Tingling extremities, abdominal pain, and nausea were symptoms that stopped me in my tracks. The catch is, my husband was complaining of these symptoms, not me. He’s a relatively healthy guy, but he does have high cholesterol and glucose numbers that place him into the “almost” diabetic category. Listening to him describe these symptoms, the only thing I could say was, “We’re going to the emergency room.” He denied it was anything serious and mumbled he just wanted to rest. I’m not a doctor or a nurse, but I knew if he was having a heart attack, we didn’t have precious minutes to sit and rest. I gathered up a few things and shoved him out the door. When the emergency room doctor questioned my husband about his symptoms and his health history, he couldn’t remember exact dates or details. That’s when I jumped into the conversation, since I had most of the answers in the binder on my lap. Thankfully, one of the items I thought to bring from home was my husband’s health binder. Documentation of his medications and corresponding dosages, recent lab reports, date and results of his last physical, and names of specialists he’d seen were all neatly filed away in this binder. Okay, maybe not neatly, but nonetheless, filed.
The visit to the emergency room revealed two things: First, my husband has a sound heart. Second, having his health information at our fingertips saved valuable time and reduced the stress of having to accurately recall pertinent information from memory at a critical time. With that said, I can’t emphasize enough the importance of organized medical records.
Request copies of reports each time you have a procedure done. All lab work, diagnostic exams, pathology reports, test results, hospital visits, and other significant documents should be filed. Save copies of referral slips and prescription information. Bring immunization cards to physicals for updates. You think you’ll never forget certain dates or physical conditions you’ve had, but you will. Even though your doctor has everything documented in your patient chart at his office, he may not be around if there’s an emergency.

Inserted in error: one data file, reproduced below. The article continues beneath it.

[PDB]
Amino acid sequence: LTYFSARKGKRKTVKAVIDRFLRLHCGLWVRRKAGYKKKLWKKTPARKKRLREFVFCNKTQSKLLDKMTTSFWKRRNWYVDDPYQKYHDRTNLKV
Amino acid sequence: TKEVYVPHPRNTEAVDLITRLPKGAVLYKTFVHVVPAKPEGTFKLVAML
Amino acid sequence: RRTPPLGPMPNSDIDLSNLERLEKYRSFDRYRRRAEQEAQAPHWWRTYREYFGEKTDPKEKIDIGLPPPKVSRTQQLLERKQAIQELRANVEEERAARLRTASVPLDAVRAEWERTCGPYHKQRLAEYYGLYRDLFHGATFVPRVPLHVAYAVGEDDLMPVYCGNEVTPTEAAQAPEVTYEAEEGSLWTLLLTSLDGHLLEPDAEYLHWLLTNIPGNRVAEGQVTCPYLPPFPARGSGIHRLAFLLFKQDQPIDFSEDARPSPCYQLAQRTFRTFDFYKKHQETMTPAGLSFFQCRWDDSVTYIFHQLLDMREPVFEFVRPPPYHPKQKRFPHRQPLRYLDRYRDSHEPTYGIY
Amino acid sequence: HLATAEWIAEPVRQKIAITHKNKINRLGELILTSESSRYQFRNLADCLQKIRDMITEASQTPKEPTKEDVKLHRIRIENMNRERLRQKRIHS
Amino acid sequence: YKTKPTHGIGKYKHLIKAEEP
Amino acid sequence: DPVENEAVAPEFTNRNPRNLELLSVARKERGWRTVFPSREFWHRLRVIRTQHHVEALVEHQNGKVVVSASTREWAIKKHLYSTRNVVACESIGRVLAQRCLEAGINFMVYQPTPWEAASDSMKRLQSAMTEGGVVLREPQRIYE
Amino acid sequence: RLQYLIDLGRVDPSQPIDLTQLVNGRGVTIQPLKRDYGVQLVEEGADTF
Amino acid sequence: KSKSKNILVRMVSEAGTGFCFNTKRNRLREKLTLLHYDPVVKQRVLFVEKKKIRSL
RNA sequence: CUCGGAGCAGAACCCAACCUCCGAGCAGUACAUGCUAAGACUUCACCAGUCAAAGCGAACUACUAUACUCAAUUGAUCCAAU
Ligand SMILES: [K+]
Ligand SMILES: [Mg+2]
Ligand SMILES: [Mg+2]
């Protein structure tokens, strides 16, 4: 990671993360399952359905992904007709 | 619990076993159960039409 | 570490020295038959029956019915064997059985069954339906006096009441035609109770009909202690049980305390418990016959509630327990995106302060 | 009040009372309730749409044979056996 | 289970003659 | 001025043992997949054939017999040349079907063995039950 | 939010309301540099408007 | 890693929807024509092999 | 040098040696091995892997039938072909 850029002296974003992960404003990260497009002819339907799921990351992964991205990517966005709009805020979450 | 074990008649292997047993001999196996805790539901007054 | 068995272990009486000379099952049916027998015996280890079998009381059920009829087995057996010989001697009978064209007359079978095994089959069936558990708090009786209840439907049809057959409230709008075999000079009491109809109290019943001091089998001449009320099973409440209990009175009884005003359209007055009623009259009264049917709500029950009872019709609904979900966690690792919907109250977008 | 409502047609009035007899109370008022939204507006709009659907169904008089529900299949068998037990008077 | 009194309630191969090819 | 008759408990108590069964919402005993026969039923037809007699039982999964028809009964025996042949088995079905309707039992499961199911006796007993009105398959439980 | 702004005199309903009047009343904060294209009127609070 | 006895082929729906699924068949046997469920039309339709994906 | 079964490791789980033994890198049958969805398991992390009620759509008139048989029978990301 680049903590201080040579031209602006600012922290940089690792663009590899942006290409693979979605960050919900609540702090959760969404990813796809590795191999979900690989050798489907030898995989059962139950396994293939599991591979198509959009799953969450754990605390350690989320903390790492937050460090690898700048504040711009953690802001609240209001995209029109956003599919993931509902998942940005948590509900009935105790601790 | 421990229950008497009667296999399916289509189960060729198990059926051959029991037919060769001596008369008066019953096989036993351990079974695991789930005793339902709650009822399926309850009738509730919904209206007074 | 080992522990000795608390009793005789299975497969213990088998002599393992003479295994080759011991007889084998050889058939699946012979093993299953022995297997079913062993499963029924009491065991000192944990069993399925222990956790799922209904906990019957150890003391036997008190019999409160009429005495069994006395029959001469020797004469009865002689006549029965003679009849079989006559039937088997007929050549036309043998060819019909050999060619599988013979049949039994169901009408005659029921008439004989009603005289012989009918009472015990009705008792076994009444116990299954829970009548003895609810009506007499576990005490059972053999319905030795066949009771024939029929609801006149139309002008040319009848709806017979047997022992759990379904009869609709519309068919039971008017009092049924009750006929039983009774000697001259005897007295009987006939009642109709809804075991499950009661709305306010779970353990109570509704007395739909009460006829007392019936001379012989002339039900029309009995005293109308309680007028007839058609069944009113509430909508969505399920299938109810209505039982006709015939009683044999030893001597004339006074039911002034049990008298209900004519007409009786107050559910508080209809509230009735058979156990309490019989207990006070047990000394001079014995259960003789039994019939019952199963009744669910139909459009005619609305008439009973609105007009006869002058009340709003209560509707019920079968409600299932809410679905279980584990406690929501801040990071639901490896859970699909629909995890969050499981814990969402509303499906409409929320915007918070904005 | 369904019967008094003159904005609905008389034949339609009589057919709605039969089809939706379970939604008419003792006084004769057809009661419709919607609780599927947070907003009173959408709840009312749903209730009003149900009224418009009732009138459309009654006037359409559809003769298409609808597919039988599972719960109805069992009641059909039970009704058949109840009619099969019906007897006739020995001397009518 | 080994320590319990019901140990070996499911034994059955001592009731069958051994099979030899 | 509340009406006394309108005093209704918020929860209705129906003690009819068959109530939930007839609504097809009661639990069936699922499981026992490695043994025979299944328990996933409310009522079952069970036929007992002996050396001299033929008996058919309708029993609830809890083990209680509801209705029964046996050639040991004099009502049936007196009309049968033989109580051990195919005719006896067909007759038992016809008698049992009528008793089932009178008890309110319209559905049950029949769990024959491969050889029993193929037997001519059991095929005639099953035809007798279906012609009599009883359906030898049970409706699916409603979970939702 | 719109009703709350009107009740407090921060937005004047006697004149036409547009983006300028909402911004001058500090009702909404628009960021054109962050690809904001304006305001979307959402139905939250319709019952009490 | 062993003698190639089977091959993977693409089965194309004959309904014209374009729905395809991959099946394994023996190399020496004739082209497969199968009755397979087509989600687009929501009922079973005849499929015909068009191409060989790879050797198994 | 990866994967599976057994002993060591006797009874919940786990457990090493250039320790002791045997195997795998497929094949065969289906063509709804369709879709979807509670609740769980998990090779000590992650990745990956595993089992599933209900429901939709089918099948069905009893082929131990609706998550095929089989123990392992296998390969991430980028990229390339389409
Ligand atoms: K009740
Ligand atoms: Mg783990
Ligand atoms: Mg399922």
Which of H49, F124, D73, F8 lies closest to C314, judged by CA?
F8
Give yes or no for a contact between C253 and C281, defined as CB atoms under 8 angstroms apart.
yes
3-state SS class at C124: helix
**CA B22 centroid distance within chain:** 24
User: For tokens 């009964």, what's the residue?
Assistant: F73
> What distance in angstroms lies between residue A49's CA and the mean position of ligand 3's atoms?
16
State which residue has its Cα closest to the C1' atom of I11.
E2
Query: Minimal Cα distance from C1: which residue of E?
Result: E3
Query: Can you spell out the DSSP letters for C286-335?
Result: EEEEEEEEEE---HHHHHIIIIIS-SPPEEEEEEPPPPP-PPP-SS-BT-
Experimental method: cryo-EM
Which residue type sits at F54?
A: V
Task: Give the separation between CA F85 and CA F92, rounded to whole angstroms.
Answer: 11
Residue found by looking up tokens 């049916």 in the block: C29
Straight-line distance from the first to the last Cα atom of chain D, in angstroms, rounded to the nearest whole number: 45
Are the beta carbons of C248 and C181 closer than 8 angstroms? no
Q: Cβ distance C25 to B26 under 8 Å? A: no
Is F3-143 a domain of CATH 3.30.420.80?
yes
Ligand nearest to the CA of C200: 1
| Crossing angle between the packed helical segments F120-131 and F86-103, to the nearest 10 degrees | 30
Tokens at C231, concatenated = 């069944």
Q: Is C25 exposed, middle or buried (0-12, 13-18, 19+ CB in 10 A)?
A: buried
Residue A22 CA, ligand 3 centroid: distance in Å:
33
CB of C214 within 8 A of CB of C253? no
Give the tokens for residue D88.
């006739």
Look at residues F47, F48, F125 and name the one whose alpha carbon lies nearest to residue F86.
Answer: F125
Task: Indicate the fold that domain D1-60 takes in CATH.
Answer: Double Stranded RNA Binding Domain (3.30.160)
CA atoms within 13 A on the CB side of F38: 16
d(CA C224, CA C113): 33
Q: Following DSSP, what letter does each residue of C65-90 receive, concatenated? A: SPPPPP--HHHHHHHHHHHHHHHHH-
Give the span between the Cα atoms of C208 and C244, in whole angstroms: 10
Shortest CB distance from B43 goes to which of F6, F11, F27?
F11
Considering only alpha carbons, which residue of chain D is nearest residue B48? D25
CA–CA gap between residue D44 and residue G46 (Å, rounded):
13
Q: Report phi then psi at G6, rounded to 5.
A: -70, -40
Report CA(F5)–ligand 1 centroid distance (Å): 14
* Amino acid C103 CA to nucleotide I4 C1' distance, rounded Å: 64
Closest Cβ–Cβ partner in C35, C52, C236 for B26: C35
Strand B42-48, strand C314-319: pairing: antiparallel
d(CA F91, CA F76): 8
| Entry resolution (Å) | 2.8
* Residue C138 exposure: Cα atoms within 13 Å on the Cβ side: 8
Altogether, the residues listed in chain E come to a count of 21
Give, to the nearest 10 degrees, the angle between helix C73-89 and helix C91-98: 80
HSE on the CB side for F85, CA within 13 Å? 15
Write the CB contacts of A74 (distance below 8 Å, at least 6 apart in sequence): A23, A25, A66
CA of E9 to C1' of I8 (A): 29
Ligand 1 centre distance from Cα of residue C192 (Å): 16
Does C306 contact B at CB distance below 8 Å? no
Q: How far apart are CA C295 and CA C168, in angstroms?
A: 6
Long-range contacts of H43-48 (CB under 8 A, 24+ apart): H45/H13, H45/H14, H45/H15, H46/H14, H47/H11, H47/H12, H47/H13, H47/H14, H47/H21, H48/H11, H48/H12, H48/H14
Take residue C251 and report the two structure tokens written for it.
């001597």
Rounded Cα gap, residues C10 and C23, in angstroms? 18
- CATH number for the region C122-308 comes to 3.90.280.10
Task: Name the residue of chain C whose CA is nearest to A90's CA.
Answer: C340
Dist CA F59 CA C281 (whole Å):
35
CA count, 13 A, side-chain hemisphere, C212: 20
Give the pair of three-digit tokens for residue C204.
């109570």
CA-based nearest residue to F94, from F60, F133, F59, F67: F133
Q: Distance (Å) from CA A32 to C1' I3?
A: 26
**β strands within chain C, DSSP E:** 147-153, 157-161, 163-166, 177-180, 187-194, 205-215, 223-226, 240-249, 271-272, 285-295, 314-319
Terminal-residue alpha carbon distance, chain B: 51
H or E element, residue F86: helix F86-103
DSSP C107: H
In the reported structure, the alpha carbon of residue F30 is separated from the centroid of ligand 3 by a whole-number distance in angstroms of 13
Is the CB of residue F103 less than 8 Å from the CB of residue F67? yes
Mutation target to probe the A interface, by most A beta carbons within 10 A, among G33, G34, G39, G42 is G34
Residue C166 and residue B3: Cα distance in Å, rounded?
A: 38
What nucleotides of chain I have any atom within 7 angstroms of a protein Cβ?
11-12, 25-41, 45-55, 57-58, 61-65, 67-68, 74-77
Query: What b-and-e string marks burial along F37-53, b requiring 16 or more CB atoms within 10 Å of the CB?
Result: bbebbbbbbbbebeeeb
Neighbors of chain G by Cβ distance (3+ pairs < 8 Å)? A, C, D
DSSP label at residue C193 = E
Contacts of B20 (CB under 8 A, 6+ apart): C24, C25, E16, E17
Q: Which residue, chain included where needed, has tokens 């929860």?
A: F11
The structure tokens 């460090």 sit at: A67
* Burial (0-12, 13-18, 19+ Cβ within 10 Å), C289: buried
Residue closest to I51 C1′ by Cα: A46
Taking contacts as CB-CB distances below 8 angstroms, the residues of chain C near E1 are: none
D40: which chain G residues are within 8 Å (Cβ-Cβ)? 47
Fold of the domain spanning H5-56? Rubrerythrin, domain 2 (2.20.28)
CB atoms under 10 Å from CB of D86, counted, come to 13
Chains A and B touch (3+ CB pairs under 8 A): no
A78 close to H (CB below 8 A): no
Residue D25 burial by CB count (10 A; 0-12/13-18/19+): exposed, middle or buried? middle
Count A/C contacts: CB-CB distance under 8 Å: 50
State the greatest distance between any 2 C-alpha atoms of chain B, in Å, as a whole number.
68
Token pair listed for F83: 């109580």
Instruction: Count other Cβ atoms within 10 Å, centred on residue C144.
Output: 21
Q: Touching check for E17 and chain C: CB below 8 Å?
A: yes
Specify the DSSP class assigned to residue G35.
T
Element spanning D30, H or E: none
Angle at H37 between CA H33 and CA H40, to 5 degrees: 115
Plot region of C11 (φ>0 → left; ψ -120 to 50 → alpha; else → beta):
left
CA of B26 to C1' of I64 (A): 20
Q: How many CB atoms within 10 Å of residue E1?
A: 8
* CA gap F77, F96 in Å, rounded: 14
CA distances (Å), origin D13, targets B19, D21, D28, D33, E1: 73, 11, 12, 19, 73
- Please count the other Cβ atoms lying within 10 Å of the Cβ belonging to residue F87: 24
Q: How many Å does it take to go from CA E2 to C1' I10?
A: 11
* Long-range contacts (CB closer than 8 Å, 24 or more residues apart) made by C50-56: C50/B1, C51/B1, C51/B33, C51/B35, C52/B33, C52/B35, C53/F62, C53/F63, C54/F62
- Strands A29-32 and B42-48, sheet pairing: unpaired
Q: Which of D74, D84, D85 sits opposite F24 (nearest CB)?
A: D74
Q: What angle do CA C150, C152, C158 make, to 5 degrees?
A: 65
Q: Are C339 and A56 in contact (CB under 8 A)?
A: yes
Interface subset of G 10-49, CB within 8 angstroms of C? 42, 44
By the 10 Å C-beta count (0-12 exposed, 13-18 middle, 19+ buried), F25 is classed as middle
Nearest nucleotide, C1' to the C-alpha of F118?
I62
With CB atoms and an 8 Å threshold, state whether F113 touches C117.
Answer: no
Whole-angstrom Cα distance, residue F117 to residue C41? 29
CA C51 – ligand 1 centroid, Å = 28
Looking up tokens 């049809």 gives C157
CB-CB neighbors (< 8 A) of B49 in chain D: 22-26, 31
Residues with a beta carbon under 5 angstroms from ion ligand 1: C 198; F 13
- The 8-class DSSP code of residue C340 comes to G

There are many ways to approach this type of project, but the following way seems to me to be the easiest method to organize and access the information:
1. Purchase a binder for each member of the family and label it with his/her name.
2. Purchase binder dividers with tabs. You might need a dozen per family member; usually younger family members need fewer dividers, because they see fewer specialists. Label the tabs with the following categories and file documents with most recent on top:
Diagnostics – Any diagnostic report such as x-rays, mammograms, scans, MRIs, CTs, ultrasounds, biopsy and pathology reports, etc.
Health History – All documents from previous doctors. Each time you change physicians, get copies of your records. You may have to pay to have copies made, but it’s well worth it.
Labs – All lab work reports go here.
Immunizations – Immunization cards, TB test results, flu shot records, vaccine information, etc.
Name of Your Primary Care Physician – Under my PCP’s divider, I keep notes I make while in his office. If I’ve asked questions and written down his answers, I file that paper. I also keep a copy of any patient information forms I’ve filled out or signed.
Specialists – Each specialist you see should have his own divider. Examples of specialist dividers might be: ob-gyn, dermatology, cardiology, physical therapy, allergy, podiatry, endocrinology, and gastroenterology.
Prescriptions – File prescription information forms you receive from the pharmacy. Besides the name of the medication, these forms should include dose, instructions, and side effects. If you’ve been on a medication for years, always keep the first form received and the most current form in your binder. That way you’ll know how long you’ve been on any particular medication.
Vision and Dental – These categories are optional for inclusion.
For health’s sake, get organized!